I learned to thank the son of God, Jesus for the miracles in my life. I wept like a child the night our son Horacio was born. Camia, faithful and loving step mother to Senobia used her vast midwife experience and in spite of all her efforts we were losing Senobia. She was deathly pale from loss of blood. Her lips looked parched. Her brow sparkled from perspiration. Her eyes were portraits of pain. She was weak and hardly recognized me as close as I was to her. The only star in my heaven was near death. I had seen enough agony at Golgotha to last a life time and would not leave my wife to suffer alone. I gripped her hand and whispered in her ear, “I’m here my love and so is Jesus. I invited him to the birth of our child.” A faint smile adorned her lovely face and the next gentle push delivered our son. She sighed in relief and looked at me with soulful eyes that increased my torrent of tears. She was safe, she was almost out of danger, the child was bawling and Camia looked to heaven and thanked somebody. Soon Camia’s helpers came to care for Senobia and I was shoved out of the room. Perhaps it was not the manly thing to do, but I went outside and knelt before a mantle of countless stars. I thanked the nameless father of Jesus with all my strength. Senobia’s beauty of mind, heart and soul had multiplied in my life. She was more than the gem of Jerusalem, she was my personal Goddess. She later told me that when I came to her side and held her hand, she felt my strength warmly flow into her body. And I knew again that the Devine healer from Nazareth was alive and hard at work. Senobia was a devout follower of Jesus and he answered her plea through me. Since that day our two little girls arrived with little or no stress to their mother.
Bar Abba was a living legend and Rome prepared to meet his successor with added zeal. The governor of Judea, Pontius Pilate was informed that Bar Abba favored the overthrow of Rome. That’s what spies are paid to do. He also knew full well to whom Bar Abba answered and who bought his stolen armaments. He saw clearly how the council showed their favor by demanding Bar Abba’s release. They obviously roused the crowd against the street healer from Nazareth. Pilate’s favor in Rome lost some of its glow from that decision. He set free a known murdering criminal and crucified a demented street healer. Jesus was a petty concern to Rome. No king would claim a penniless carpenter as family. The whole world knew nobody could build stone kingdoms in the sky and when you died, you were dead forever. Pilate grew angry at anything Jewish for their manipulating schemes. Pilate overreacted on occasion and paid a second price for those decisions. On the other hand, he was thankful for the childish quarrels within the Hebrew leaders. If these sometimes fierce disagreements continued, the seven tribes of Israel would never re-unite. They couldn’t even agree on how or which God to worship.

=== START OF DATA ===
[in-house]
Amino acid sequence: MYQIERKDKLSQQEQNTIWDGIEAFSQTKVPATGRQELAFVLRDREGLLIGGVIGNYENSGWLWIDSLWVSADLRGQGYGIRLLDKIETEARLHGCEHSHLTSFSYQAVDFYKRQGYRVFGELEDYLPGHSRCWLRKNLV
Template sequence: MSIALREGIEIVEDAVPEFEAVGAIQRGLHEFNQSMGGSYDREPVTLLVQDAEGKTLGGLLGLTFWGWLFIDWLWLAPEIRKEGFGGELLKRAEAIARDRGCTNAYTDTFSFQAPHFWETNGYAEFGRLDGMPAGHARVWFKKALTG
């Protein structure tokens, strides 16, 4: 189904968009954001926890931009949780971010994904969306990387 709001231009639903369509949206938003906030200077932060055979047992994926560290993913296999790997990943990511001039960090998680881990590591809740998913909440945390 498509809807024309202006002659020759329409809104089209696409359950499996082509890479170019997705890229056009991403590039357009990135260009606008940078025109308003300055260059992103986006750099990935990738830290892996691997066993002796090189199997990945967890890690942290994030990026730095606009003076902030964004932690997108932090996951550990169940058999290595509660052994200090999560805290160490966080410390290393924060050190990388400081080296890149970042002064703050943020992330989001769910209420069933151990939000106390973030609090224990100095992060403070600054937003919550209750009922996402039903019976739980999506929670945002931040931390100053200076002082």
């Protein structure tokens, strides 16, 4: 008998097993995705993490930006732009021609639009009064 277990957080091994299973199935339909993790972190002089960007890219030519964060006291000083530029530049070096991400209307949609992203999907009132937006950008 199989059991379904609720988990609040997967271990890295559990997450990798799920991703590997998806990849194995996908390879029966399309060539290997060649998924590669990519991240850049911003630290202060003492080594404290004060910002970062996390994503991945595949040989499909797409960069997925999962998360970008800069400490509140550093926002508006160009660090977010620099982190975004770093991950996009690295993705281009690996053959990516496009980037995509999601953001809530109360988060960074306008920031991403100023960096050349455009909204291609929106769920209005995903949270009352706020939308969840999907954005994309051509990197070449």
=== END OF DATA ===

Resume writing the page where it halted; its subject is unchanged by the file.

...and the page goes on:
There was not one council member suffering from poverty. Through taxes, permits, licenses, solicited contributions, fees and under hand extortion they increased the power of their purses. They had ample gold to pay the traitor, Judas Iscariot for betraying Jesus and the soldiers that slept through the theft of Jesus’ body without suffering monetary loss. Wealth had become their scepter of power.
I felt left out listening to Serou and Tremiyo speak so knowledgeably about all that moved in Judea. I finally found a spot into which I could fit.
“It’s been much talked about that soldiers slept through the rolling back of the stone before the burial vault. To move that massive rock without making a tell-tale noise is impossible. Serou and I went there in response to the rumors. I went inside the tomb and inspected it as thorough as my apprehension permitted. I was truly scared but I was looking for something of vital importance. The floor was dusty. I looked for busy foot prints. There were none. I went as deep as I could look for something that a thief could leave behind. A coin, a rag, a pin or brooch. A piece of straw or grass. A crushed stone? Nothing. The thieves would have to work in total darkness and absolute silence. I looked for a candle stub or a snuffed out torch. Smoke on the low ceiling. There was none and yet the mantle that covered Jesus was neatly folded and left on the shelf where He laid. I heard an angelic voice say, “No human thief is that immaculate.”
There would be overwhelming fear that the sentries would awaken and the thieves would meet their death at spear point. None of that occurred. And yet, the corpse of Jesus disappeared. The stone rolled back in total silence. The body slipped out from the cover laid upon him. The sentries reported that an apparition came down from heaven, waved the massive stone aside in one graceful gesture then lifted Jesus on an invisible litter into the unfathomed skies. The sentries reported that the apparition then sat on the stone as if to mock their puny strength. Then slowly faded into the infinite sky. Now, I say to you, No crude Roman’s imagination is that eloquent. I was subject to their mentality while I lived among them at the villa and I take what I learned from them to be a model for their kind. They would say that Jupiter blasted the rock door to pieces and rode away on a prize horse with Jesus laid across the saddle. That surmises the Roman imagination.”